• Insulin resistance dropped significantly (–16.38 ` 19.2 vs 0.68 ` 2.7, p < 0.001)
  • High-sensitive CRP (a marker of inflammation) dropped significantly (–2.78 ` 4.07 vs 0.2 ` 0.77 mg/L, p < 0.001)
  • Paraoxonase-1 (a marker for reduced oxidative stress) increased significantly (PON-1) (22.04 ` 24.53 vs 1.71 ` 2.72 U/L, p < 0.006)
  • Total antioxidant capacity (TAC) increased significantly (0.78 ` 0.71 vs –0.04 ` 0.29 μIU/mL, p < 0.01)
  • Malondialdehyde (MDA) (a biomarker of oxidative stress) dropped significantly (–0.85 ` 1.08 vs 0.06 ` 0.08 μmol/L, p < 0.001)

This study is actually almost identical in its findings to one we reported on last year in an article titled, “A Modest Dose of Ginger Improves 8 Markers of Diabetes Type 2,” where an even smaller dose of ginger (1600 mg), also administered for 3 months, resulted in significant reductions in the following parameters:

  • Fasting plasma glucose
  • HbA1C (aka glycated hemoglobin) – a measurement of how much damage is being caused by sugars to red blood cells in the body, reflective of body wide damage caused by chronically elevated blood sugar
  • Insulin
  • HOMA (the homeostatic model assessment) – which measures insulin resistance and beta-cell function (the pancreatic cells that produce insulin)
  • Triglycerides
  • Total cholesterol
  • C-reactive protein (CRP) – a marker of inflammation
  • Prostaglandin E2 (PGE2) – a marker of inflammation

Clearly ginger provides a wide range of side benefits beyond simply lowering blood sugar. Oxidative stress, inflammation, chronically elevated levels of insulin and/or resistance to it, all contribute to the primary cause of morbidity and mortality associated with condition: cardiovascular disease. Whereas conventional drug treatment for type 2 diabetes focuses on lowering blood sugar and HbA1c, even though both oral antidiabetic drugs and insulin appear to raise the risk of heart attack, ginger appears to do reduce the blood sugar and the cardiovascular disease risk, effectively freeing two birds with one hand.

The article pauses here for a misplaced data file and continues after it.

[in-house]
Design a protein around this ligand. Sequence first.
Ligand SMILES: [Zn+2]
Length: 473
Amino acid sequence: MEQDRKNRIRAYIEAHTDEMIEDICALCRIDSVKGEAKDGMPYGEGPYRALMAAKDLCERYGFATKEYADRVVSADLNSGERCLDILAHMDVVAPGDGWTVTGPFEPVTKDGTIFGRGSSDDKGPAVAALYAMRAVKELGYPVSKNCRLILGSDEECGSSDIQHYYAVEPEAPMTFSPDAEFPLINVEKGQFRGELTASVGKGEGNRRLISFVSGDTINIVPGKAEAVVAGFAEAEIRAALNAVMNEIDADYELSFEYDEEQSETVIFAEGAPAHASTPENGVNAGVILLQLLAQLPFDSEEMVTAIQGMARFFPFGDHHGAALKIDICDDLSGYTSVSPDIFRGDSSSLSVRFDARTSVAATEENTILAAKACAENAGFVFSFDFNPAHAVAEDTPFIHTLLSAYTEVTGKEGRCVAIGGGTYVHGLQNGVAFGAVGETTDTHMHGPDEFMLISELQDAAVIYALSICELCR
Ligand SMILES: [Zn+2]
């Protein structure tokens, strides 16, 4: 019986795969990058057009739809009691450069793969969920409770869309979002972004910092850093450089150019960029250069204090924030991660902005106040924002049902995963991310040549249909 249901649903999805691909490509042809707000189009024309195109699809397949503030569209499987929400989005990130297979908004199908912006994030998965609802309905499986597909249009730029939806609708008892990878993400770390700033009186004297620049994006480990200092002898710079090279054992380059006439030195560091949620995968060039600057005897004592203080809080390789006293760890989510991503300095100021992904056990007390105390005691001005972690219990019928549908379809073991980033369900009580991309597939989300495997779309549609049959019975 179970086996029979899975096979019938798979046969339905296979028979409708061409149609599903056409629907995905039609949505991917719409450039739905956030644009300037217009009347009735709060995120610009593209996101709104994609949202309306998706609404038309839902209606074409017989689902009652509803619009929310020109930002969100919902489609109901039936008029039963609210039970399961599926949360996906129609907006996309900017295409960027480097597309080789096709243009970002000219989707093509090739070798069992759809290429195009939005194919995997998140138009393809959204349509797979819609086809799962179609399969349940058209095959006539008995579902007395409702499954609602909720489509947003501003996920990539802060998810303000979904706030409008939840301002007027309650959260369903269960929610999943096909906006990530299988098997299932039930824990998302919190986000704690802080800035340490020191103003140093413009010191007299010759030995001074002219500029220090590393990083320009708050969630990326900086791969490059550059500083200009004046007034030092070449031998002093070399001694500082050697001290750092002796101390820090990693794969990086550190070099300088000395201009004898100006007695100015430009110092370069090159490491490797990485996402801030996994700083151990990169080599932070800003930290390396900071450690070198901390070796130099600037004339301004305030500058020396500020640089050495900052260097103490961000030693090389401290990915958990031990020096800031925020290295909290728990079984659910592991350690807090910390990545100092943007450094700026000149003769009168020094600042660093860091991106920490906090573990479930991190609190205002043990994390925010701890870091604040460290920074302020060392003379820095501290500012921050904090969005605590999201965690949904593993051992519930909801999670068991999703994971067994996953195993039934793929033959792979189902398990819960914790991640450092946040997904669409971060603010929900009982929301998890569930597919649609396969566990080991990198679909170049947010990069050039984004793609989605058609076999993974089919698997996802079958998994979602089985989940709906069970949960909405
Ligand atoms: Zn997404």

Over 150, Evidence-Based, Anti-Diabetic Substances Exist

While amazing, ginger is not the only natural remedy for type 2 diabetes that has compelling research to support it. You can peruse our type 2 diabetes database and you’ll find over 180 natural substances that have been studied to have potential value in the condition. You’ll also see research there on therapeutic activities like exercise and problem substances like fructose and pesticides that contribute to the condition.

We should note that if there is one substance that holds the greatest promise, even beyond ginger, it is turmeric. This ancient Indian spice appears to prevent and perhaps even reverse some of the damage associated with type 2 diabetes, and has been found to have potential therapeutic value in a staggering 600 plus health conditions. You can read the following research reports to get a better sense of tumeric’s amazing anti-diabetic power:



© August 21, 2016 GreenMedInfo LLC. This work is reproduced and distributed with the permission of GreenMedInfo LLC. Want to learn more from GreenMedInfo? Sign up for the newsletter here

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About The Author

Sayer Ji is founder of, a reviewer at the International Journal of Human Nutrition and Functional Medicine, Co-founder and CEO of Systome Biomed, Vice Chairman of the Board of the National Health Federation, Steering Committee Member of the Global Non-GMO Foundation.